As a paleoanthropologist, my research interests revolve around understanding patterns of land-use in prehistory. I am currently conducting archaeological surveys in Guadalajara (Spain) in an effort to uncover evidence of the Palaeolithic occupation of the Iberian Peninsula. As an archaeozoologist, I am particularly interested in modelling the spatial behaviour of prehistoric prey species as a means of interpreting past landscapes and the spatial distribution of Neanderthal sites.
Several of my research projects are oriented towards gaining a better understanding of the ways in which behaviour is reflected in the skeletton, in order to better understand the morphology of fossil hominids. Behavioural innovations, such as bipedalism and the abandonnement of an arboreal niche, produce morphological changes. These transformations are the expression of adaptive pressures affecting hominids and therefore, enable us to recreate a vital dimension of their evolutionary history. I have been co-directing field research since the summer of 2006 with the aim of exploring a secondary rift in East Africa that is still poorly known paleontologically and geologically.
Research interests: spatial analysis and modeling and geographic information systems (GIS) can provide insights and context into complex problems such as climate change, landscape ecology, and forestry by explicitly representing phenomena in their geographic context. My research focuses on the inherent multidisciplinary nature of Geographical Information Science (GIScience) to investigate the relationships between ecological processes and resulting spatial patterns.
Patrick James is a spatial ecologist with interest in forest disturbance dynamics, spatial modelling, and landscape genetics. Currently, his work focuses on developing landscape genetic and statistical modelling approaches to better understand the relationships among landscape heterogeneity, dispersal, and the population dynamics of irruptive forest insect pests.
I am a prehistoric archaeologist interested in the human-environmental interface of major transitions in the human past, especially the Middle-Upper Paleolithic transition and the shift to agriculture; specifically, I focus on the impact humans have had on their environments at these key moments of our species history, as well as the impact of climatic factors on contingent patterns of human evolution. I investigate these questions through both fieldwork in northern Italy (Liguria) and Mozambique and various modeling experiments. Theoretically, I approach these questions from perspective rooted in niche construction theory and evolutionary ecology.
Anne de Vernal
Professor at the Université du Québec à Montréal (UQAM), Centre GEOTOP. Research interests: Le thème général de mes travaux de recherche s'articule autour des changements océanographiques, climatiques et environnementaux dans les milieux marins de moyennes à hautes latitudes à l'échelle des derniers milliers d'années.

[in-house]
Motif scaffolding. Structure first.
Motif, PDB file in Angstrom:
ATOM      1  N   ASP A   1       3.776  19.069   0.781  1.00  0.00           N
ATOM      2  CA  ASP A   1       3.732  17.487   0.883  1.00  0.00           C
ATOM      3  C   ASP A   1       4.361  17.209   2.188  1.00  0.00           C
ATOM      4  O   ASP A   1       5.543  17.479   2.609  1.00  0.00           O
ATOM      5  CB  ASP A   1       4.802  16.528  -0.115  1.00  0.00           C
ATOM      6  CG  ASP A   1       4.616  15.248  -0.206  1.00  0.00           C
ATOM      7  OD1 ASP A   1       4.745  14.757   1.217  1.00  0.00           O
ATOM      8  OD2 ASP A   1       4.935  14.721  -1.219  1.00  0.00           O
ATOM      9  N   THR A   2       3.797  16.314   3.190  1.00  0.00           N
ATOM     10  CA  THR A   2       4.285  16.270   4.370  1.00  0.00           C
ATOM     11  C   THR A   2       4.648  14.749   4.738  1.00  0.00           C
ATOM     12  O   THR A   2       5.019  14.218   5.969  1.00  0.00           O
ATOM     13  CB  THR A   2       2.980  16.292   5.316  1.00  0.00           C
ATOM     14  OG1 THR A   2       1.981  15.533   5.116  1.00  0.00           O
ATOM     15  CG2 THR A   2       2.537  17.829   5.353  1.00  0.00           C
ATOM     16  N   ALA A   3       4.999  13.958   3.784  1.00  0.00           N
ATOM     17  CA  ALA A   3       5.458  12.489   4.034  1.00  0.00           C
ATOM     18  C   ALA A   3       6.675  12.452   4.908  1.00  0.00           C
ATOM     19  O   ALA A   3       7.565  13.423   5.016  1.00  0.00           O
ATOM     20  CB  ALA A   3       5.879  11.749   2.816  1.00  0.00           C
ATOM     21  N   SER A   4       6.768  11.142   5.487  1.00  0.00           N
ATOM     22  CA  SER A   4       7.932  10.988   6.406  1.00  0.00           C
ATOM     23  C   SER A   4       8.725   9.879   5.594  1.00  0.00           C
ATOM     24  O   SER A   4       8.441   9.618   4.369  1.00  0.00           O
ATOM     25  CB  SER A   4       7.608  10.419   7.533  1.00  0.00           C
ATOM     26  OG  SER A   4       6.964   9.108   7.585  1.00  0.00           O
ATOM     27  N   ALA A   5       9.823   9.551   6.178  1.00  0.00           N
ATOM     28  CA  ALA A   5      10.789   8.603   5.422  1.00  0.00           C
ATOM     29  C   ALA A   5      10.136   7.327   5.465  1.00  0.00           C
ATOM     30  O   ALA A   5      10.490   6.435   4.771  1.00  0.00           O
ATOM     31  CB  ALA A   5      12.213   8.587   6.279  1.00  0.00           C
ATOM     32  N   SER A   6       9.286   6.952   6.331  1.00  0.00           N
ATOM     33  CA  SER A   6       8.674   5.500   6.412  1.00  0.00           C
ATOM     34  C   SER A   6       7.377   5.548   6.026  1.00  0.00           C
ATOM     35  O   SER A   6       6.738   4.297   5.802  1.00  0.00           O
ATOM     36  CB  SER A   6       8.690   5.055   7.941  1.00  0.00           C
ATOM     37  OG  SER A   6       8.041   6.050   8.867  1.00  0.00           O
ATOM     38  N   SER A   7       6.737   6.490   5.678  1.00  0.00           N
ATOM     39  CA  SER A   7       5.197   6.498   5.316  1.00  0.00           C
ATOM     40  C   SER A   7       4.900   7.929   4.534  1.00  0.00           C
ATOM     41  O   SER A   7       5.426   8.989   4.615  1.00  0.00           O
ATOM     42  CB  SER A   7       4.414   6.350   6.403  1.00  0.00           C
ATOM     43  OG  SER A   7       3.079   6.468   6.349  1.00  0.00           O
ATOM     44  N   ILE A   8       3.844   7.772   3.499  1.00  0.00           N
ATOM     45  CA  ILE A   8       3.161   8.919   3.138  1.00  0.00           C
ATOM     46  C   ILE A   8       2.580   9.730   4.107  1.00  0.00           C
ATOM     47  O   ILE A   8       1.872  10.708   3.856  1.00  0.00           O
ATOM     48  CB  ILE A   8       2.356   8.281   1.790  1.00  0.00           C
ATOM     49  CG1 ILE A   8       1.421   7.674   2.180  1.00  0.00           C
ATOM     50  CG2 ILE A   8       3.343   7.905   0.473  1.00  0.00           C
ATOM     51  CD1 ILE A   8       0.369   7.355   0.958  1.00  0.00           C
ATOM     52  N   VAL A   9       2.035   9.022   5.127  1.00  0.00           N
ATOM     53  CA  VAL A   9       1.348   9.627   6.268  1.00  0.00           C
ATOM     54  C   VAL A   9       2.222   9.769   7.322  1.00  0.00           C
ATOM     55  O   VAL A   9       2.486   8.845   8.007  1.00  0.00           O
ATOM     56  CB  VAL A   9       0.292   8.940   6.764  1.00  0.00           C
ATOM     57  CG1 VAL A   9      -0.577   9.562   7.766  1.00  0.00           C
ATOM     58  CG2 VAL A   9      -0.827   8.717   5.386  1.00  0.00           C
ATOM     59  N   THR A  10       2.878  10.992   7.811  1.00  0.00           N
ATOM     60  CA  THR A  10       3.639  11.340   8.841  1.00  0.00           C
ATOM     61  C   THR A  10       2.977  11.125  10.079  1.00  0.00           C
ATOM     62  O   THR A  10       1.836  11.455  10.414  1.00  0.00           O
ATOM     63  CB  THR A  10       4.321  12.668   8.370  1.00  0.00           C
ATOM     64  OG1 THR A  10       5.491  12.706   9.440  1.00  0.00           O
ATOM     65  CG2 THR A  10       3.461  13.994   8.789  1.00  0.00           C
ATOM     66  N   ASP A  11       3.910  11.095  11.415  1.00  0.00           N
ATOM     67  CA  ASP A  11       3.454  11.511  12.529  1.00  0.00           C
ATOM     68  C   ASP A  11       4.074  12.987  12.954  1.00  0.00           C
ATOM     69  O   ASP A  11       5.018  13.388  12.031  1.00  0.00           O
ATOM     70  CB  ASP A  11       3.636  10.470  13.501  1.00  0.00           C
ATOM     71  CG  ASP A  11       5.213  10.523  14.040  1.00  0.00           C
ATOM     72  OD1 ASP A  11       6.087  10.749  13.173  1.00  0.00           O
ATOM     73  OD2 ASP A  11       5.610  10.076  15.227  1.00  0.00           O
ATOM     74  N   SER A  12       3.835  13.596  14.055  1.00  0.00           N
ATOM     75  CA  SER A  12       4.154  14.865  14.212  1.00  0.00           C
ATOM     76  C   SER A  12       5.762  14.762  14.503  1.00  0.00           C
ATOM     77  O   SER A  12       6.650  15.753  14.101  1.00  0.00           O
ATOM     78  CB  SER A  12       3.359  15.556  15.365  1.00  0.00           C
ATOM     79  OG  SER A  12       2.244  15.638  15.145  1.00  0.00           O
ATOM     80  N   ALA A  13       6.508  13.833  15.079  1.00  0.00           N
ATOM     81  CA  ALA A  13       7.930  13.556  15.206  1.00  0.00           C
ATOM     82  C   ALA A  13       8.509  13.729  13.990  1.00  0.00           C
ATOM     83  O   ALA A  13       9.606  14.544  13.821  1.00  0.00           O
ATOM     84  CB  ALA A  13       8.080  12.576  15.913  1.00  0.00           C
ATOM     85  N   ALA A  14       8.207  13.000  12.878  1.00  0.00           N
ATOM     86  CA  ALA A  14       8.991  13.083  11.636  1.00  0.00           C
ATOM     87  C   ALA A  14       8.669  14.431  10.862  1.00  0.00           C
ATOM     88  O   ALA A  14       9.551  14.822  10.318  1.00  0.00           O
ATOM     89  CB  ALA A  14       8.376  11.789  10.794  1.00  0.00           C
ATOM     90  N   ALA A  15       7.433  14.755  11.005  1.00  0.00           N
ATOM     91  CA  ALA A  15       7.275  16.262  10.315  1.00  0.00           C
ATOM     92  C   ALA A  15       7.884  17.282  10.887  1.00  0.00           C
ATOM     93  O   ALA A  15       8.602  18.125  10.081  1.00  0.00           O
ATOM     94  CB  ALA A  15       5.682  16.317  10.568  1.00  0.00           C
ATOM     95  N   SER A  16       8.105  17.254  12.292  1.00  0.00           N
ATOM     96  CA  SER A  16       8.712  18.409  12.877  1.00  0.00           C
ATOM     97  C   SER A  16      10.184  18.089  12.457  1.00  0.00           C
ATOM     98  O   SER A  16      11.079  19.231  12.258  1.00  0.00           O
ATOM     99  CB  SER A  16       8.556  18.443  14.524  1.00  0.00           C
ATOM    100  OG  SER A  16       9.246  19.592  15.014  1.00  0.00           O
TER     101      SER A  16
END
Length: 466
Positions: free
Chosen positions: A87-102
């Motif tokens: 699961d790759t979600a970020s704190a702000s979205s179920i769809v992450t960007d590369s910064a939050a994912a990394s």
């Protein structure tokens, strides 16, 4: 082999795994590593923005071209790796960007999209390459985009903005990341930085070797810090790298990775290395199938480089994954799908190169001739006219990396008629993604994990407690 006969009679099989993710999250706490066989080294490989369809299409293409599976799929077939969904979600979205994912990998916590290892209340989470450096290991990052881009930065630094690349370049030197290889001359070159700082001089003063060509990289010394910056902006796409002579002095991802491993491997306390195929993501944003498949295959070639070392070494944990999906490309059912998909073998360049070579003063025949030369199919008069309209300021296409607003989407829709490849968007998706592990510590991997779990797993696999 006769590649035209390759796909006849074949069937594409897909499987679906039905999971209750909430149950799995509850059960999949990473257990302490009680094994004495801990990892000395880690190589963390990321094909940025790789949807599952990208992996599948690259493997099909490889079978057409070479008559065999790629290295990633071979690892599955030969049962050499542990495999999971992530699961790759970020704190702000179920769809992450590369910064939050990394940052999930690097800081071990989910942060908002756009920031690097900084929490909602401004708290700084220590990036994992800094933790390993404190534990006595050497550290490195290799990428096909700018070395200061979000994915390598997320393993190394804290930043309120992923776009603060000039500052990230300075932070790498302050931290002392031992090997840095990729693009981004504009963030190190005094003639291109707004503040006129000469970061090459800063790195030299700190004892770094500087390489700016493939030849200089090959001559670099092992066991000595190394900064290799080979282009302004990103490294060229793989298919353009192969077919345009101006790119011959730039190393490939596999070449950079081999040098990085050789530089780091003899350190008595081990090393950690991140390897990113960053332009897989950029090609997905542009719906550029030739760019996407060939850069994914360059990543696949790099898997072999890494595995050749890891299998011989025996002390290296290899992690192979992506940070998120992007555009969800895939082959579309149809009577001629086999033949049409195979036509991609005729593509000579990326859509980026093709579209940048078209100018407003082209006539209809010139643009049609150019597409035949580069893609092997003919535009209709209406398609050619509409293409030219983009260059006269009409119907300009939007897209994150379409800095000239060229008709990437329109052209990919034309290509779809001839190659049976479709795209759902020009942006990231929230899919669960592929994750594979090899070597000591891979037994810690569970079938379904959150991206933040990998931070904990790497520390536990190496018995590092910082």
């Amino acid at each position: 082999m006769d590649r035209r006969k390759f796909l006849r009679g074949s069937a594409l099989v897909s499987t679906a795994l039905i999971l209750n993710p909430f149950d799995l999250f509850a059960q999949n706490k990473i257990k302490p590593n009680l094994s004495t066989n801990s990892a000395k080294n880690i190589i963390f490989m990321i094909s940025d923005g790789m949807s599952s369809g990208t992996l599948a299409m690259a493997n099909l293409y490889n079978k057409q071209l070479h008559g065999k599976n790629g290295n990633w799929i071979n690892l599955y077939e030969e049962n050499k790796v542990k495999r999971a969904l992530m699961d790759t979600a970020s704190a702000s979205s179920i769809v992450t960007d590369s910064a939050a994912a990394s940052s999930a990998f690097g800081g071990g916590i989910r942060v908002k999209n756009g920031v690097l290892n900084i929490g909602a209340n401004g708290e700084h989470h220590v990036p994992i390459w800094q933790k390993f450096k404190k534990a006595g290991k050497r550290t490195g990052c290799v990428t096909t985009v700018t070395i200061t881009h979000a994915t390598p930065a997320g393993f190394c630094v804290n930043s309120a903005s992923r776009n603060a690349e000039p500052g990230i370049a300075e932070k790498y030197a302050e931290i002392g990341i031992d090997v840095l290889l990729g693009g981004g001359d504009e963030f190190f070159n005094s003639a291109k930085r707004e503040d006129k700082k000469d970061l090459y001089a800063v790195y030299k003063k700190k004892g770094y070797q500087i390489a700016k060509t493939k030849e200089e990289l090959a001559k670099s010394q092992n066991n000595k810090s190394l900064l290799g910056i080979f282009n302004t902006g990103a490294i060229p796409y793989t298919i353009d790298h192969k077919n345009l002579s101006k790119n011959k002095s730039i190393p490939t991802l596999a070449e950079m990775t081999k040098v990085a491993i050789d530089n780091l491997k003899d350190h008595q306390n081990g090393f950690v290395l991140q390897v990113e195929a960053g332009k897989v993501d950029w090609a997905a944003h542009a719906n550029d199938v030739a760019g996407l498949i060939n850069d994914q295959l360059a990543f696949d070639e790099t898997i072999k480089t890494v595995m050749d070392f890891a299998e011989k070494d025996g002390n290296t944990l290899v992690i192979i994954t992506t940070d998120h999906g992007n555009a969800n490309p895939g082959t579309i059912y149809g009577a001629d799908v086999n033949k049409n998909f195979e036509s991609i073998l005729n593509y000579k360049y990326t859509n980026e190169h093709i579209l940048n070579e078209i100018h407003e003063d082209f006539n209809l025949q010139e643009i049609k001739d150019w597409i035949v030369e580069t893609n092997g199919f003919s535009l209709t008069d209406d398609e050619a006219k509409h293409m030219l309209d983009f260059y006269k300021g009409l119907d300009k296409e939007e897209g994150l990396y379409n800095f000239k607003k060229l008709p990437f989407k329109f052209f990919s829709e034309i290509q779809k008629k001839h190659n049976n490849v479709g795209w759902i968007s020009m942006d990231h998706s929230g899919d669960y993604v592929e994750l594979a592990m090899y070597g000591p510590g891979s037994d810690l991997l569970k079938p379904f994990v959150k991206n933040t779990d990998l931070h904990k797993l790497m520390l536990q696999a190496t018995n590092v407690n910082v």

Research interests: evolution of social complexity, quantitative and computational methods on archaeology, agent-based simulation in anthropology, prehistoric exchange networks, prehistory of northern Europe.
Colin D. Wren
Assistant Professor at University of Colorado, Colorado Springs.
Research interests: spatial patterning of mobility, geographic information science, agent-based modeling, complexity in sub-arctic and Boreal forest adaptations, quantitative and computational approaches to archaeology. My research attempts to better understand patterns of colonization and mobility in the archaeological record. While previous colonization studies have focused on rates of spread, I am looking at how mobility patterns and strategies evolve through cultural and environmental contexts.
PhD student in Archaeology at Université de Montréal. MSc in GIS and Spatial Analysis in Archaeology (UCL - 2009). BA in Anthropology and Geography (McGill - 2008). My research interests currently comprise the application of Geographic Information Systems (GIS) to the study of hominid settlement and migration, the use of spatial statistics in assessing archaeological data, and wayfinding behaviour and spatial cognition in hominids. For my doctoral research, I aim to develop a formal approach to model and study wayfinding behaviour in the dispersals of Anatomically Modern Homo sapiens and Neandethals during the Middle to Upper Palaeolithic transition in Iberia.
PhD student in Anthropology at the Université de Montréal (Archaeozoology). MSc in Biological Anthropology and Prehistory (Bordeaux I, France). Currently she is working on the research of Palaeolithic fauna dispersals at the Iberian Peninsula, using a paleo-bioclimatic approach. For her PhD project, she will center in the Bluefish Caves (Yukon) faunal taphonomy.
Manuel Arturo Izquierdo
Anthropologist of the Universidad Nacional de Colombia (1991-1998), MSc in Anthropology Université de Montréal (2009). Research interests: Computer Simulation in Archaeology, Astronomy in the Culture, Ethnomathematics, and Prehispanic Native American Writing Systems.
PhD Candidate in Anthropology at UdeM and in Archaeology at Université de Bordeaux (~2017). Research interests: artifactual morphometric variability, spatial patterning of shared technological knowledge and practice, geographic information science, human/environment interaction, chronostratigraphy, experimental archaeology. Through techno-typology and Geometrics Morphometrics, I hope to highlight the presence of different traditions within the Aurignacian technocomplex and link these with our knowledge of the chronology and of the environmental setting surrounding this material culture.
Master's degree student in Anthropology at Université de Montréal. Co-directed by Drs Drapeau & Burke.